Megalosaurus Footprints being Prepared for Display
Fossilised tracks made by a fierce Jurassic carnivore when Oxfordshire was part of a sub-tropical paradise have made a perilous journey to their new home, where they will go in display in the Autumn.
The fossil footprints, measuring 50 cm across have been transported from the temporary storage site to the Oxfordshire Museum, where they will feature in a permanent exhibit dedicated to the dinosaur that is believed to have made these prints – a Megalosaurus.
The short trip to the museum marks the end of 10 years of excavation and planning after the trackway was first uncovered at a landfill site in Ardley, close to Bicester. The twenty-five mile trip from the storage site, where the fragile prints were prepared for their perilous journey, to the museum took five hours. Project Manager, Tom Freshwater, who works at the Oxfordshire Museum, commented:
“The prints weigh three tons each so the main challenge has been getting them into the garden, where they will be displayed. They had to be lifted very gently and smoothly because the rock is quite fragile and there are already cracks within the stone so we had to make sure that did not get worse.”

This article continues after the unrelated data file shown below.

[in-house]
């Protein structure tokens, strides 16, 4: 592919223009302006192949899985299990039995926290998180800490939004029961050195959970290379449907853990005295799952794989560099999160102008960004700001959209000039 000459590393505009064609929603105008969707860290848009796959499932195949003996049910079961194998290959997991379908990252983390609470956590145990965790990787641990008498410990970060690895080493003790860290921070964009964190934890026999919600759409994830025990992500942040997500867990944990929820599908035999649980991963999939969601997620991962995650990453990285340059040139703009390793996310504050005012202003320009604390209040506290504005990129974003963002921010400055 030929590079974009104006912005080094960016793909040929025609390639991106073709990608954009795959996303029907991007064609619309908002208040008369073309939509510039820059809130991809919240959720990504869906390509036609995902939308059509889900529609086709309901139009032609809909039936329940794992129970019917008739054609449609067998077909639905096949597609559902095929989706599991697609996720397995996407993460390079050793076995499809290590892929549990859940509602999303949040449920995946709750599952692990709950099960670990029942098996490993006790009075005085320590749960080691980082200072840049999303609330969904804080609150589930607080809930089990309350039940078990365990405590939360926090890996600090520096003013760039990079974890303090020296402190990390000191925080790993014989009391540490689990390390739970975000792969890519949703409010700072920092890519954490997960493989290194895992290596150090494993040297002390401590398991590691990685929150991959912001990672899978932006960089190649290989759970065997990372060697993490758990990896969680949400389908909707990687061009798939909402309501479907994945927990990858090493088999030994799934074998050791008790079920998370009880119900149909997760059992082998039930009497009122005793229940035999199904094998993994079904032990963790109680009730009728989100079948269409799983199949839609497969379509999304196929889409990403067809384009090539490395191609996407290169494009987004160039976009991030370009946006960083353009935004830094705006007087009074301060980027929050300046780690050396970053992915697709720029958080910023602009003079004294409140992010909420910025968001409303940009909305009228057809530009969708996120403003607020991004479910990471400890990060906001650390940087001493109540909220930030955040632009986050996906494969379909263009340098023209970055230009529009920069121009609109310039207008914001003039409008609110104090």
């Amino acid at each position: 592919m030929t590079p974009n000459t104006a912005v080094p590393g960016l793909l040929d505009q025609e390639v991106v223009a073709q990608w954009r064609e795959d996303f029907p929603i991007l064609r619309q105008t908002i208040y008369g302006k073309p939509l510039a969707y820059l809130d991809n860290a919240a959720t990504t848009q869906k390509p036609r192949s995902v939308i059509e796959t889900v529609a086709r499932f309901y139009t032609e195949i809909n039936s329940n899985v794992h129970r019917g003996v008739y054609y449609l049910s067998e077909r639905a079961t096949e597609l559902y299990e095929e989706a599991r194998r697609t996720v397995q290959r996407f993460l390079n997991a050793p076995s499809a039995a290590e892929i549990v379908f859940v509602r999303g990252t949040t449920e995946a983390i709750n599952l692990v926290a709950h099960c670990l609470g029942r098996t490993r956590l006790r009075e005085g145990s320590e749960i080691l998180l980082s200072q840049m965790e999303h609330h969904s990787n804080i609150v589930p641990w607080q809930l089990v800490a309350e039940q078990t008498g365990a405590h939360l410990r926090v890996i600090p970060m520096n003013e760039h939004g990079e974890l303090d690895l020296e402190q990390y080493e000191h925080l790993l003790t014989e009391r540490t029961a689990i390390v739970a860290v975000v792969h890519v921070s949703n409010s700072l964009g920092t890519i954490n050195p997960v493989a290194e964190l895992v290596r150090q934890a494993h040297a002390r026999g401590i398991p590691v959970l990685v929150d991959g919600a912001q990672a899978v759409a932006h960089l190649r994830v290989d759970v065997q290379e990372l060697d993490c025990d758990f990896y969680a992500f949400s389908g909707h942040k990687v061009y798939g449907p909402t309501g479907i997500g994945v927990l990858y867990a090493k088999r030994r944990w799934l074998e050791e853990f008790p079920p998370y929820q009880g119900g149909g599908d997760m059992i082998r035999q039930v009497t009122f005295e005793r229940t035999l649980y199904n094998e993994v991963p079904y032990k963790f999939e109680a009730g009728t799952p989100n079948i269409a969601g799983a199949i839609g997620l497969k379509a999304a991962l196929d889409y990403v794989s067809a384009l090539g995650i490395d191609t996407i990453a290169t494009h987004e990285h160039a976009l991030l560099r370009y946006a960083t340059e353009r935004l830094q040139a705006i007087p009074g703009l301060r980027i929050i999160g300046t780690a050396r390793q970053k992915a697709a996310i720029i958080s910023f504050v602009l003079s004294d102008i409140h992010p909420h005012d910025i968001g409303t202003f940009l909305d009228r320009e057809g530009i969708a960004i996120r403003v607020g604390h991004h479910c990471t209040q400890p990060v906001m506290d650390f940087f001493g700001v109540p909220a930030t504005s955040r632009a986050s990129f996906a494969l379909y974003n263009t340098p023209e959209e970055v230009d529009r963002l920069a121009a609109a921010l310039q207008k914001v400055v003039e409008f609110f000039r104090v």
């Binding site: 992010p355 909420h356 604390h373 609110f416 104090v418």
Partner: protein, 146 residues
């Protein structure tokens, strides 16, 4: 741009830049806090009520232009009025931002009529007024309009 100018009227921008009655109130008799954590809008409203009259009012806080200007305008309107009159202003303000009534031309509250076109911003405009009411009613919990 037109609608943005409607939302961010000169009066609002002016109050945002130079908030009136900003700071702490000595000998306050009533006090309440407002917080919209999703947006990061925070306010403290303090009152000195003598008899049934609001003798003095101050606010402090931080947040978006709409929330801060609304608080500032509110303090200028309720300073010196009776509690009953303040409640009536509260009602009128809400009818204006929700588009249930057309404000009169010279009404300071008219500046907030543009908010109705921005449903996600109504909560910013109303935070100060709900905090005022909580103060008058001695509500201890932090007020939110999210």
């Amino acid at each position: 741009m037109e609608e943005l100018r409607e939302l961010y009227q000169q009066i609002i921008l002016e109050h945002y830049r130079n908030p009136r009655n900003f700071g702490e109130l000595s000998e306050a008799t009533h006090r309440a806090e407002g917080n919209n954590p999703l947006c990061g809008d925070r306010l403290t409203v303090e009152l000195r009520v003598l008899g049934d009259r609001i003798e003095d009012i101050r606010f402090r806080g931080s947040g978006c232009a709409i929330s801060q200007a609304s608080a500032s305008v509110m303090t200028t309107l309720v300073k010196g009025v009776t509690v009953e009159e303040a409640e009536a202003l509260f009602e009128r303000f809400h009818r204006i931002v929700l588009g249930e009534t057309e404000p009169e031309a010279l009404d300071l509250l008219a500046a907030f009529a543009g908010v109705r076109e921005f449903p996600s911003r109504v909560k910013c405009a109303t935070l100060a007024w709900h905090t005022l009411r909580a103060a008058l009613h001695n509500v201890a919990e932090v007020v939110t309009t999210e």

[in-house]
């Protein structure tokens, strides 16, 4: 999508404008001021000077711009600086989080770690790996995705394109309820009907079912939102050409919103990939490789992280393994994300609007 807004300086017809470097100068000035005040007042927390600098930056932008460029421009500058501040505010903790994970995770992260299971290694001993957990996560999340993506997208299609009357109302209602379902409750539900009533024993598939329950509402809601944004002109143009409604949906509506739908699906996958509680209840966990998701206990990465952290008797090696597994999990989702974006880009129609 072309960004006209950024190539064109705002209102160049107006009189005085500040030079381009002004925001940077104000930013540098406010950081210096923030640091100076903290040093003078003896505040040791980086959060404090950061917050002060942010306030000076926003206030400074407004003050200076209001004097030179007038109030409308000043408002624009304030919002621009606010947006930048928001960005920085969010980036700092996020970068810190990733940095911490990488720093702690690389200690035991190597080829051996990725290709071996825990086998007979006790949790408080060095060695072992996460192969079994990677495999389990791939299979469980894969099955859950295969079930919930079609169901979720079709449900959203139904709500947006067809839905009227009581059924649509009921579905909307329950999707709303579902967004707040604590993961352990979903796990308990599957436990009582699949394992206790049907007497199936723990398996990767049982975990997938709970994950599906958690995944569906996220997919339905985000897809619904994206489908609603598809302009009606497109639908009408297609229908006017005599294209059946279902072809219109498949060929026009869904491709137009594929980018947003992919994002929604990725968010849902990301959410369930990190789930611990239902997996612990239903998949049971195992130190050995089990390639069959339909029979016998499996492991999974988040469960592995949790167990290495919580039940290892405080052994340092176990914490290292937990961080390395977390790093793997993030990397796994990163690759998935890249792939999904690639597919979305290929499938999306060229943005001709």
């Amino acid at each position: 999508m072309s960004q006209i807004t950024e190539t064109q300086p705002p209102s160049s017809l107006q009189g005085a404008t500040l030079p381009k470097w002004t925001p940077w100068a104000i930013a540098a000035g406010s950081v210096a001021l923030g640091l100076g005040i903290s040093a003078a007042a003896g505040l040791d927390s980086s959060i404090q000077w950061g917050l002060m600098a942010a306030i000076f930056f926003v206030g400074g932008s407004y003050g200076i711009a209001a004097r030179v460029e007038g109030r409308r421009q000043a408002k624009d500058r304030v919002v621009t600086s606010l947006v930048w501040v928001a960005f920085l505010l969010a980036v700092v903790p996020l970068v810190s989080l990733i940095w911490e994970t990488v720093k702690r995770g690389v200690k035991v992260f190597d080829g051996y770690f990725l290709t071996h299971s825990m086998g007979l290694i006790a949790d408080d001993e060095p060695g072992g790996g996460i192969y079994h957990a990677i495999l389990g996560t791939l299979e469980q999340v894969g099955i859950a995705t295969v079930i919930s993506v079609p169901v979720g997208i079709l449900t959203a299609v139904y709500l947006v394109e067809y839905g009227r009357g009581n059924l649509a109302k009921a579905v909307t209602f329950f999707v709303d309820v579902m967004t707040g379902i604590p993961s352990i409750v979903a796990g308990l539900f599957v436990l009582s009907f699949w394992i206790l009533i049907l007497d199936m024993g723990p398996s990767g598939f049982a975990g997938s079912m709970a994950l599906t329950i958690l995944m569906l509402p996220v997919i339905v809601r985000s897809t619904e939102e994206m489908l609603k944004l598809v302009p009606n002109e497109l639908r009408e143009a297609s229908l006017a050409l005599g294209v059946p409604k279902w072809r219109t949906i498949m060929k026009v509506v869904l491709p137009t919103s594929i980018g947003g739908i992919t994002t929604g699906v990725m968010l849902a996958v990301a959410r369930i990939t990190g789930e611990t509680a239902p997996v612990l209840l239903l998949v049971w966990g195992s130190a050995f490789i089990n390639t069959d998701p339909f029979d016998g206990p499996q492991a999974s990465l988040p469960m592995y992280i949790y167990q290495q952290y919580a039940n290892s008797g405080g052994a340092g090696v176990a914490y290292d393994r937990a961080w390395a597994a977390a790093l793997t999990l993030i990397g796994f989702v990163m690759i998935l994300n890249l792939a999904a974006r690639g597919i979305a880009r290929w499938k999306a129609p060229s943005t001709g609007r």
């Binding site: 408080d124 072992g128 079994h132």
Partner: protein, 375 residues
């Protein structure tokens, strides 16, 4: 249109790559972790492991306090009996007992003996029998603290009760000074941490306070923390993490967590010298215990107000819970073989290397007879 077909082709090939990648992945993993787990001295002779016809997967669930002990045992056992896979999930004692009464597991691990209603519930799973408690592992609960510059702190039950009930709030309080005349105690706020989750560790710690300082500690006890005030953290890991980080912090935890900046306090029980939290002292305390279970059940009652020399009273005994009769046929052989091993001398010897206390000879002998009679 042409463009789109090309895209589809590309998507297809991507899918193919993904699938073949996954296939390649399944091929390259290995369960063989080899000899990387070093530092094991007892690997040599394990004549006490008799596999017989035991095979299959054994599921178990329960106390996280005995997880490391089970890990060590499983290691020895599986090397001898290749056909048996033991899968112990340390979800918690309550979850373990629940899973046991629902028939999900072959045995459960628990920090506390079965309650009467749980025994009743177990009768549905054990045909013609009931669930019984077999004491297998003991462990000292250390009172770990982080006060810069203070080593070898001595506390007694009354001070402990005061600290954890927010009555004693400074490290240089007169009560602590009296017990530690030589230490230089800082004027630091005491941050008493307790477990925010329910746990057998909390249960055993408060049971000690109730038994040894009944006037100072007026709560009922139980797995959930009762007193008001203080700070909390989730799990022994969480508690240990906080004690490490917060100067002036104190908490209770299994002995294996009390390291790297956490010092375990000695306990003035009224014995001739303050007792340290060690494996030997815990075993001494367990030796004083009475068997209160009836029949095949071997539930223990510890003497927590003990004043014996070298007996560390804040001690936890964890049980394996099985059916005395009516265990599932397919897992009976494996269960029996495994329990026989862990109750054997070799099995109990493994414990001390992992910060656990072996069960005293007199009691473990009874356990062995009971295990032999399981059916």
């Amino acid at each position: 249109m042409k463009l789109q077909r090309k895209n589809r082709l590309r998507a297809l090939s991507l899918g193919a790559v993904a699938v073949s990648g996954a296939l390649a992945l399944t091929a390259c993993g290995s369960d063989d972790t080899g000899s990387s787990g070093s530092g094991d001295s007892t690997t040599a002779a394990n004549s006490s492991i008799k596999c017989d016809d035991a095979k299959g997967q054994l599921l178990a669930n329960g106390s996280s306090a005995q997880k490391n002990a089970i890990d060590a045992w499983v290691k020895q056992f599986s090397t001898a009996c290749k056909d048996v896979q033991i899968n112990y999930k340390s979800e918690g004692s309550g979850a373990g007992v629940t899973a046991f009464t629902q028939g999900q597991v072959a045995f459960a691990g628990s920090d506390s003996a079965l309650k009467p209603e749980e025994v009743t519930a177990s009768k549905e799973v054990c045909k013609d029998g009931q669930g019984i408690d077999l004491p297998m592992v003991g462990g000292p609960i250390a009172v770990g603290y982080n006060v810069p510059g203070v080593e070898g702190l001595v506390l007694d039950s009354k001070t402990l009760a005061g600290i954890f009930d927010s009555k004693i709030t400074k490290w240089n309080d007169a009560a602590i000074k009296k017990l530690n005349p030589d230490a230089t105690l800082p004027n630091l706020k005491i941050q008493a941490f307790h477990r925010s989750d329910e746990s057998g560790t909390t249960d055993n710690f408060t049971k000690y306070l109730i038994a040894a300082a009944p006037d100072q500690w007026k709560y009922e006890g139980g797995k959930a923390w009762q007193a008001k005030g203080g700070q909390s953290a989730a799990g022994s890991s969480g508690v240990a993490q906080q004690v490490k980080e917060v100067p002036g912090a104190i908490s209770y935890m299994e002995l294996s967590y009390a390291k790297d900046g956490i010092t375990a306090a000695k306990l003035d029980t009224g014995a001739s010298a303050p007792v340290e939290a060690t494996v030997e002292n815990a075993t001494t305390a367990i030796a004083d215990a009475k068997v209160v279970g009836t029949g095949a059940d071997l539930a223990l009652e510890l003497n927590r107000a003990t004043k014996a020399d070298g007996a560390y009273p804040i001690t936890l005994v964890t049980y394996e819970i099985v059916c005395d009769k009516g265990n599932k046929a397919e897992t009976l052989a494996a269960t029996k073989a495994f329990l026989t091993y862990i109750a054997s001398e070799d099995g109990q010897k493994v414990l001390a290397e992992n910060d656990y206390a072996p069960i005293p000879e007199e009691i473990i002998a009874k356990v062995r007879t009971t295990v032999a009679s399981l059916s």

The fossil dinosaur footprints had been excavated in sections, of approximately 1 cubed metre, they were encased in plastic sheeting to protect them and set on steel plates to support the weight of the stone as the rocks made their journey. Having arrived safely at the Museum, each block was carefully winched over the Museum boundary fence into a specially prepared garden area. A great deal of care had to be taken as each block was lifted off the lorry, swung over the fence and placed in position. Despite their weight, the blocks are delicate and every precaution was taken to prevent any damage to the fossils.
The Museum plans to create a replica of the Jurassic environment and display the prints alongside a life-size model of a Megalosaurus. About 30 to 40 prints were originally discovered at Ardley Landfill and Recycling Centre, run by Viridor Waste Management, and those not been transferred have been preserved in situ. The prints are very important as meat-eating dinosaur tracks are exceptionally rare and these particular prints, believed to have been made by a Megalosaur provide evidence of a change of speed of the animal. The spacing between the prints gets longer, indicating a bigger stride length and an increase in speed of the animal.
The exhibit is likely to be opened in October.
An Illustration of a Megalosaurus Footprint
Picture Credit: Everything Dinosaur